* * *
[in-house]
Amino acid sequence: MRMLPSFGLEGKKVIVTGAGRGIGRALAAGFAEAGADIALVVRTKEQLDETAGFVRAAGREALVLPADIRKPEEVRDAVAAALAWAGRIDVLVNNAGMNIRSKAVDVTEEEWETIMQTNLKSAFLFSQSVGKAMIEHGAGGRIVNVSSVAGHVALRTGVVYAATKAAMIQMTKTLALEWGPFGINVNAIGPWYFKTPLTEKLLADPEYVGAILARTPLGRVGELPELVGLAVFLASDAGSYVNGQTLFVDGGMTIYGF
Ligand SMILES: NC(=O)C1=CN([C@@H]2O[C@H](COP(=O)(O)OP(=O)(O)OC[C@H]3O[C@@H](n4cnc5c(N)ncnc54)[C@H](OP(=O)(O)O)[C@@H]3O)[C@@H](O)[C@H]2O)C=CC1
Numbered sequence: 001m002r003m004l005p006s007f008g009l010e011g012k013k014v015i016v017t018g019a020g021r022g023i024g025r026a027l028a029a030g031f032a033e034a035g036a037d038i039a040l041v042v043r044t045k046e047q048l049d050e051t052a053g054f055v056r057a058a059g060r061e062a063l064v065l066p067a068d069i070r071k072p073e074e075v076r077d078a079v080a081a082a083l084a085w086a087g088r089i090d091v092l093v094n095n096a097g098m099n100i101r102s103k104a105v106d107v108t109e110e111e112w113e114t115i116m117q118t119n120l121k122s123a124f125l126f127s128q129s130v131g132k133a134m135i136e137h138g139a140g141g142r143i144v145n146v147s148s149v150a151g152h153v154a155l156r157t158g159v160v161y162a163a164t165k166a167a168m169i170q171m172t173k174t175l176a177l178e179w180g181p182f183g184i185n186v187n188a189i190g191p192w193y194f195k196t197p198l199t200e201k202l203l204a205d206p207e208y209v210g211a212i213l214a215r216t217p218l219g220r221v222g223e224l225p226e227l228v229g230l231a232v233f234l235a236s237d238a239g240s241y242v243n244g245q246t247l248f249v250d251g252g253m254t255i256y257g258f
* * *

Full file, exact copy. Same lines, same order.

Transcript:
[in-house]
Amino acid sequence: MRMLPSFGLEGKKVIVTGAGRGIGRALAAGFAEAGADIALVVRTKEQLDETAGFVRAAGREALVLPADIRKPEEVRDAVAAALAWAGRIDVLVNNAGMNIRSKAVDVTEEEWETIMQTNLKSAFLFSQSVGKAMIEHGAGGRIVNVSSVAGHVALRTGVVYAATKAAMIQMTKTLALEWGPFGINVNAIGPWYFKTPLTEKLLADPEYVGAILARTPLGRVGELPELVGLAVFLASDAGSYVNGQTLFVDGGMTIYGF
Ligand SMILES: NC(=O)C1=CN([C@@H]2O[C@H](COP(=O)(O)OP(=O)(O)OC[C@H]3O[C@@H](n4cnc5c(N)ncnc54)[C@H](OP(=O)(O)O)[C@@H]3O)[C@@H](O)[C@H]2O)C=CC1
Numbered sequence: 001m002r003m004l005p006s007f008g009l010e011g012k013k014v015i016v017t018g019a020g021r022g023i024g025r026a027l028a029a030g031f032a033e034a035g036a037d038i039a040l041v042v043r044t045k046e047q048l049d050e051t052a053g054f055v056r057a058a059g060r061e062a063l064v065l066p067a068d069i070r071k072p073e074e075v076r077d078a079v080a081a082a083l084a085w086a087g088r089i090d091v092l093v094n095n096a097g098m099n100i101r102s103k104a105v106d107v108t109e110e111e112w113e114t115i116m117q118t119n120l121k122s123a124f125l126f127s128q129s130v131g132k133a134m135i136e137h138g139a140g141g142r143i144v145n146v147s148s149v150a151g152h153v154a155l156r157t158g159v160v161y162a163a164t165k166a167a168m169i170q171m172t173k174t175l176a177l178e179w180g181p182f183g184i185n186v187n188a189i190g191p192w193y194f195k196t197p198l199t200e201k202l203l204a205d206p207e208y209v210g211a212i213l214a215r216t217p218l219g220r221v222g223e224l225p226e227l228v229g230l231a232v233f234l235a236s237d238a239g240s241y242v243n244g245q246t247l248f249v250d251g252g253m254t255i256y257g258f